A handful of environmental initiatives in North Carolina have been awarded $170,000 in nature grants from the Duke Energy Foundation, including The Nature Conservancy, which will use its $25,000 to document the history of indigenous and enslaved communities on its preserves.
Duke Energy announced the awards Thursday. Statewide, in addition to the Nature Conservancy, North Carolina Wildlife Federation was awarded $25,000 and $20,000 to Conservation Corps North Carolina.
“As we move ahead with North Carolina’s clean energy transition, we remain committed to investing in organizations that help ensure future generations enjoy our state’s amazing natural heritage,” said Stephen De May, Duke Energy’s North Carolina president, in a statement. “By supporting nonprofits that are delivering meaningful results in this important work, we help preserve natural resources as well as ensure equitable program access in the communities we serve.”
The Nature Conservancy plans to work with academic researchers to document the history of indigenous and enslaved communities on its preserves in Bladen, Brunswick, Henderson, Hoke, Pender, Robeson and Sampson counties – specifically, the conservancy’s Dunohoe Bay, Calloway Forest, Green Swamp, Nags Head Woods, Bat Cave and Black River sites.
“This Duke Energy grant will provide resources to research the history of our preserves and gain an understanding of their significance to indigenous people and enslaved Africans,” said Debbie Crane, communications director of The Nature Conservancy’s North Carolina chapter, in a statement. “When The Nature Conservancy acquires land, we typically focus on its location, biodiversity, riparian corridors and the current landowners. Understanding the deeper history of these preserves is one way the Conservancy can respect and take an initial step toward honoring the native and enslaved communities who came before us.”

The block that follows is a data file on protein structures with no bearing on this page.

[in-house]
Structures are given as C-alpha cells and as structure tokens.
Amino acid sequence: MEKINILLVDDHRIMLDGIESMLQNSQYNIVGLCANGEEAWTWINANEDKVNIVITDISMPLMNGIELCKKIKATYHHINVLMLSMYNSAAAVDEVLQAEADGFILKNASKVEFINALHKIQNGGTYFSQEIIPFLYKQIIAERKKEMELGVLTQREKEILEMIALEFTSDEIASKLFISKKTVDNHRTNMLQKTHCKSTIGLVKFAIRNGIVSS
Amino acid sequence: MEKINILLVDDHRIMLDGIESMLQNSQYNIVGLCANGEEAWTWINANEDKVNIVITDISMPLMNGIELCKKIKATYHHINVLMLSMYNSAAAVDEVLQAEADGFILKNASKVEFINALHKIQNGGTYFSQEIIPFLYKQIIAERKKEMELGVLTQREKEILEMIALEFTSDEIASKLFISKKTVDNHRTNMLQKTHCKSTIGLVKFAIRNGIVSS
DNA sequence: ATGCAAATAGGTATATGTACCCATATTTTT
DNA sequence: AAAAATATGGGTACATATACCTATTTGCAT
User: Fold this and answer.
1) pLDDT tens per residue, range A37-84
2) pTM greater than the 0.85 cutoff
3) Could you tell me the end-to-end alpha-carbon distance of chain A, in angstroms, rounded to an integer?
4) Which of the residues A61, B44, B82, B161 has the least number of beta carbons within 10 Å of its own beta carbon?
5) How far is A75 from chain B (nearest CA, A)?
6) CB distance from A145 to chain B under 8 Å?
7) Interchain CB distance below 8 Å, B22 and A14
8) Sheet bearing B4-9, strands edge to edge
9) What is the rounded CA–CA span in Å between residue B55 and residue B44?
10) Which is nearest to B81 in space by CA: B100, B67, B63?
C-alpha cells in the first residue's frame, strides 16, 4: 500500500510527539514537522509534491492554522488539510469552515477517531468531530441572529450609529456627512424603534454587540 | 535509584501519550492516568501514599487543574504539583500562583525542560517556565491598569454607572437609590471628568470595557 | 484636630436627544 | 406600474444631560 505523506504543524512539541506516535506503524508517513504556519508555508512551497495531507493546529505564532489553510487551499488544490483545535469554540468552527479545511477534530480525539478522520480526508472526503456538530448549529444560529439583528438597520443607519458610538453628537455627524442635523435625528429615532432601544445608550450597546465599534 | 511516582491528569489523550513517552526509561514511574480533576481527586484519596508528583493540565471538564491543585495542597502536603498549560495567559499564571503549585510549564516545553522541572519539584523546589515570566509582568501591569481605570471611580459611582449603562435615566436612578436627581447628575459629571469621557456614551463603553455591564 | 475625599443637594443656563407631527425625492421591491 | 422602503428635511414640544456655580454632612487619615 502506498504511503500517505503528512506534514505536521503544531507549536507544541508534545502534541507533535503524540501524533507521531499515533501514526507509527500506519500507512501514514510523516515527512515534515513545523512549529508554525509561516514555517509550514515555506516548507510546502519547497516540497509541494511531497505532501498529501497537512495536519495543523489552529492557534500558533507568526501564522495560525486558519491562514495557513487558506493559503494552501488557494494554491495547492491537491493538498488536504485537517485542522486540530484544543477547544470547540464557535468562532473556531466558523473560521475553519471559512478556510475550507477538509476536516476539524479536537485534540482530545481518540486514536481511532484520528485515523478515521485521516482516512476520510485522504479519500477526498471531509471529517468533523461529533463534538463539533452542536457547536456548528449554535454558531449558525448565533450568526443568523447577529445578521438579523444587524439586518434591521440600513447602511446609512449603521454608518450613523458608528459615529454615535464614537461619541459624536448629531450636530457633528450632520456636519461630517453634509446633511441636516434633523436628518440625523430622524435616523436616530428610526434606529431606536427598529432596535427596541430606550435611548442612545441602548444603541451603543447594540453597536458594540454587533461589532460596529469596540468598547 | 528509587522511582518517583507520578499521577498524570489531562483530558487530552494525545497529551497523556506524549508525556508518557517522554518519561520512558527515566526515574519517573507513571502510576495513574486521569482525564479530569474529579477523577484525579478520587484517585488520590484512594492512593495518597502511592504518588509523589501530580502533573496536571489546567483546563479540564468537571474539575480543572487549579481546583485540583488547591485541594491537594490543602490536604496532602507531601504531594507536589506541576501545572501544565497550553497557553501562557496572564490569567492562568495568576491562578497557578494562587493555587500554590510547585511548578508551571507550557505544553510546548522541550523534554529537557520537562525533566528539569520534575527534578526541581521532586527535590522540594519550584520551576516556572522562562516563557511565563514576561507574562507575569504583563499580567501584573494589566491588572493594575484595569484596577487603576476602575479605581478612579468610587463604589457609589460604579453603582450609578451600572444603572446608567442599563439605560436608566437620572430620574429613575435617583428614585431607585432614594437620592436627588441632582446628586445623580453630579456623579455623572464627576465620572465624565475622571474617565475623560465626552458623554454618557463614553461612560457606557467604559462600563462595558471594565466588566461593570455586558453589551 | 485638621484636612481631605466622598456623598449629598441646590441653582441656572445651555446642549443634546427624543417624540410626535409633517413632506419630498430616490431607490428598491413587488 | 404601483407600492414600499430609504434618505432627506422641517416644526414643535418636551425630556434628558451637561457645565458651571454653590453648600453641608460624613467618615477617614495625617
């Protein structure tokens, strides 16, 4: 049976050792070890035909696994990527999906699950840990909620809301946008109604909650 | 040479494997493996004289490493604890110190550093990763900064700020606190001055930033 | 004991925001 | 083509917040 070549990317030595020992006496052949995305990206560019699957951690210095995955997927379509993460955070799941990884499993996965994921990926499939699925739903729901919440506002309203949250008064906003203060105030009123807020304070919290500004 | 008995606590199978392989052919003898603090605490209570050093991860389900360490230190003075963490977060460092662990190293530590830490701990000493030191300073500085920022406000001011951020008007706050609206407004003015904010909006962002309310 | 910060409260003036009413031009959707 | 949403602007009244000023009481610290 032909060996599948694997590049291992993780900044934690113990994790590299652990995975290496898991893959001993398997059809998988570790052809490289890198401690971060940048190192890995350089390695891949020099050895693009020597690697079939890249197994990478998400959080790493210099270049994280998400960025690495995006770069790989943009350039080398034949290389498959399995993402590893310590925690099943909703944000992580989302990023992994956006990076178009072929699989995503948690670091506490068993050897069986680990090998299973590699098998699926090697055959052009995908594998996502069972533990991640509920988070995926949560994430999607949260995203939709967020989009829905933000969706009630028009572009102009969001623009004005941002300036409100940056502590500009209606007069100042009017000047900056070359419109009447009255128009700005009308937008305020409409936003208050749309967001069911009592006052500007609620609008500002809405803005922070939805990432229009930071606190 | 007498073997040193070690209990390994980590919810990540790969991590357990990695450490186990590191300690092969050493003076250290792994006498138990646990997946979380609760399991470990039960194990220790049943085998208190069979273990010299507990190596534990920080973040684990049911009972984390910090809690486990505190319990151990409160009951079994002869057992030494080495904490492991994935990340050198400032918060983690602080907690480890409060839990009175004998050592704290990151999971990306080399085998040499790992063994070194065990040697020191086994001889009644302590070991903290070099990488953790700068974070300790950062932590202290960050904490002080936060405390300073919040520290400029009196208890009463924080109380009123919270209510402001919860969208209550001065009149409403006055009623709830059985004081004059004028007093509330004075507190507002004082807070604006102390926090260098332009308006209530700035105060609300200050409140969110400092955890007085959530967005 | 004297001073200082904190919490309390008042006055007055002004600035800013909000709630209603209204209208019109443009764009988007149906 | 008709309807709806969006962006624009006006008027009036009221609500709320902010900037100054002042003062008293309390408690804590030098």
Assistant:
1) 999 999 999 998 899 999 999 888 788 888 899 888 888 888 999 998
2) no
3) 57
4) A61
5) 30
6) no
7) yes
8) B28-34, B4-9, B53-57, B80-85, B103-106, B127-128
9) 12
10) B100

She told Coastal Review that The Nature Conservancy owns and manages the 16,000-acre Green Swamp Preserve in Brunswick County and believes the area is important to indigenous people.
“We have also heard that escaped slaves once hid there. We want to establish that history and acknowledge it. The Green Swamp is also a good example of the role that Colonialism played in even naming land features. It was named after John Green, an early white settler of the region who had property on the Swamp’s edge,” she said.
Over the last decade, the conservancy has received more than $1.2 million in Duke Energy Foundation funding.
“Duke Energy has been a valued partner in our work throughout North Carolina for more than a decade,” Crane continued. “Such year-in, year-out continuity is critical for nonprofits like ours as we help people connect with nature.”
The Wildlife Federation plans to use the funding to mobilize 1,200 volunteers to restore habitat in urban and rural communities that are historically marginalized and more likely to experience negative impacts of climate change. By removing 75,000 pounds of litter and planting 3,500 trees and pollinator plants, the Wildlife Federation said it will restore habitat, improve water quality, sequester carbon and lower urban temperatures.
The Conservation Corps grant is to be used for a new community weekend program to introduce youth to local natural areas, conservation and camping. Young people are to work on projects that preserve parks and trails in or near their communities while they learn about environmental stewardship.
Regional awards include the following:
- $25,000 to Cleveland County for the planned Lawndale Park along the First Broad River on Main Street.
- Sylvan Heights Bird Park in Halifax County was awarded $15,000 to extend a nature walkway.
- Wake’s The Conservation Fund, Raleigh, Walnut Creek Wetlands Community Partnership, and Rochester Heights and Biltmore Hills neighborhoods received $15,000 to restore native wetland habitat and improve access to the Walnut Creek Wetlands Park, providing more equitable park access for the historic African American neighborhoods.
- TreesCharlotte in Mecklenburg County received $20,000 to support a citywide tree planting program.
- Triangle Land Conservancy received $15,000 for the Good Ground Initiative to permanently conserve prime forest and farmland while providing farmers of color with access to affordable land in the Triangle region.
Since 2015, the Duke Energy Foundation has awarded more than 150 nature grants in North Carolina totaling nearly $7 million, investing in and working beside environmentally focused community partners to protect and increase access to the state’s natural resources.
The Duke Energy Foundation is funded by Duke Energy shareholder dollars. More about the foundation can be found at duke-energy.com/foundation.